Pakistani actor Salman Shahid's performance as a Taliban rebel running for his life in Kabul Express was as moving as the heart wrenching portrayal in the film of the Afghanistan situation.
"It was challenging to play a Taliban, that's what made it fun. Challenging for me politically because it needed a delicate balance, as a character as well as in terms of the point of view vis-à-vis of who started the Taliban - Pakistan or Afghanistan," Salman said.
Salman, who deftly portrayed the dilemma of a Pakistani soldier Imraan who is forced to join the Taliban, partly agrees with the notion that Pakistan is responsible for the Taliban movement.
"It is true that Pakistan supported Taliban at the behest of the US. Pakistanis gave them a script and used them. But the fact of the matter is that Taliban grew out of Afghanistan.
What the film doesn't show is why the Taliban is still so popular. They still have a following in Afghanistan and this aspect is overlooked in the film," said Salman.
"The war has not finished yet as resurgence from the south border has started again," he added.
Commenting upon the culture and status of women in war-torn Afghanistan, Salman said: "It is a segregated world and the cultural difference was partially explained in the film. It is a totally male chauvinistic society. You don't see a single girl in the interiors (of the country).
"When my character Imraan goes to meet his daughter in the movie, it shows just boys playing outside. The reality is almost the same. Even small girls, who are four-five years old, are not allowed to step outside."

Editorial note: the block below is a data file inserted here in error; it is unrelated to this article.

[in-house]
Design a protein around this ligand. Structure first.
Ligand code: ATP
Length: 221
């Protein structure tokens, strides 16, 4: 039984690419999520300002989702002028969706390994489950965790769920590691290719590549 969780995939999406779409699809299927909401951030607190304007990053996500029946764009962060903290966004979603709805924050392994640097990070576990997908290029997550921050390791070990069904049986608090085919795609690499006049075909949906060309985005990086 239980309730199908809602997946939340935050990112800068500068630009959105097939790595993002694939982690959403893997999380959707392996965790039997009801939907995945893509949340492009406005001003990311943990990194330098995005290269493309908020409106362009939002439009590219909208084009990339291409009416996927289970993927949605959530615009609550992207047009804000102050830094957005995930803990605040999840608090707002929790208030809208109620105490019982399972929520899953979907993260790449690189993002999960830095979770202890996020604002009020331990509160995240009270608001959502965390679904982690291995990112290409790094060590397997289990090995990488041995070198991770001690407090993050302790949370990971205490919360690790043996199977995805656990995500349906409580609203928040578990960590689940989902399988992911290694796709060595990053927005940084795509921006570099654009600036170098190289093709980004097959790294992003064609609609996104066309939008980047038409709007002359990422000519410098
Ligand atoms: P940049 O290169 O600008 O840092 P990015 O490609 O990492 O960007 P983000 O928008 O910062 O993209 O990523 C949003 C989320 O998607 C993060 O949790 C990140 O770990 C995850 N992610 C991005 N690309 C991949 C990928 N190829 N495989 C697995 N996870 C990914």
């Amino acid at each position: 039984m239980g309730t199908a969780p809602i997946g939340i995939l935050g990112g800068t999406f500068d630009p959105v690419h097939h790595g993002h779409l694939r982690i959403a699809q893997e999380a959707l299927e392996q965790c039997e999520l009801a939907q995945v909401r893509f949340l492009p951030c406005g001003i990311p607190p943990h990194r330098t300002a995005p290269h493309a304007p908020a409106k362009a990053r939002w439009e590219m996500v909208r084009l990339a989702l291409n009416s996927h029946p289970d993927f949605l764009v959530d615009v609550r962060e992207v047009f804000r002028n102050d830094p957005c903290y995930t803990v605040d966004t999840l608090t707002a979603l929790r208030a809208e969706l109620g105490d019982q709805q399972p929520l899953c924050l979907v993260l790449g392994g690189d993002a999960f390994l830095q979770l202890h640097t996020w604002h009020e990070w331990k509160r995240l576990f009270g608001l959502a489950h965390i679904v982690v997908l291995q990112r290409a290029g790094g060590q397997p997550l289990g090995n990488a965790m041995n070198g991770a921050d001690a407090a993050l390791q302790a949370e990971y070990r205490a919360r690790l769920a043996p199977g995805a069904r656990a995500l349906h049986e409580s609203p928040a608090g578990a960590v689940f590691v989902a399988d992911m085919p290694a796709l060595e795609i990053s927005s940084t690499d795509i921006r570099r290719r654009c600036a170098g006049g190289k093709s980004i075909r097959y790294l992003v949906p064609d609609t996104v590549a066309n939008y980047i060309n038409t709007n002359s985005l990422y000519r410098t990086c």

But Salman says the situation is a little better in the capital.
"In Kabul you will find young girls moving around, wearing the latest fashion. While at the press conference of Kabul Express I saw a couple of girls holding cameras, but not so in the interiors."
On relations between India and Pakistan, Salman feels that it is not possible for moviemakers to lift the political barrier between the two neighbours though in the past few years some Indian filmmakers have tried to bring cultural unity by transcending the borders.
"The Indian actors and directors collaborate with Pakistani film stars and start goodwill campaigns and open a channel, but you can't expect Bollywood to make political moves.
"This kind of cultural and intellectual exchange has been existing since independence among scholars and writers of both countries.
Even after partition there was a level of understanding among the artistes and intellectuals who found like-minded people across the border.
Even today they read about each other, appreciate each other's works. But nobody gets to know about it because it is not a popular culture, like cinema."
Describing "popular culture", Salman says: "It depends on cultural values and the level of education of masses.
Cinema is a popular culture and whatever films people do, it gets noticed - whether Meera comes here or me, it makes news."
Salamn, a regular visitor to India, says he has met veteran filmmakers like Gulzar and Mrinal Sen at international film festivals.
"This is not my first visit to India. I have friends and I have been coming to India off and on but not as frequently as for this film."
Salman bagged his role in Kaabul Express through a friend in Mumbai.
"I have a friend in Mumbai, Saniya. She knows me and has worked with me in a serial. The director Kabir Khan was looking for someone for the role and Saniya told him about me. I came over, and we met. They already had some idea about my work and then it got going."
Salman is very keen to work in more Indian films.
"I would love to work with Shyam Benegal. I would also like to work with Shabana Azmi, Naseeruddin Shah but probably in more sensible films like Kabul Express, which is different from the other commercial films."
Salman said he would also love to make a film on Afghanistan.
The actor was earlier seen with Kirron Kher in Pakistani director Sabiha Sumar's Khamosh Paani.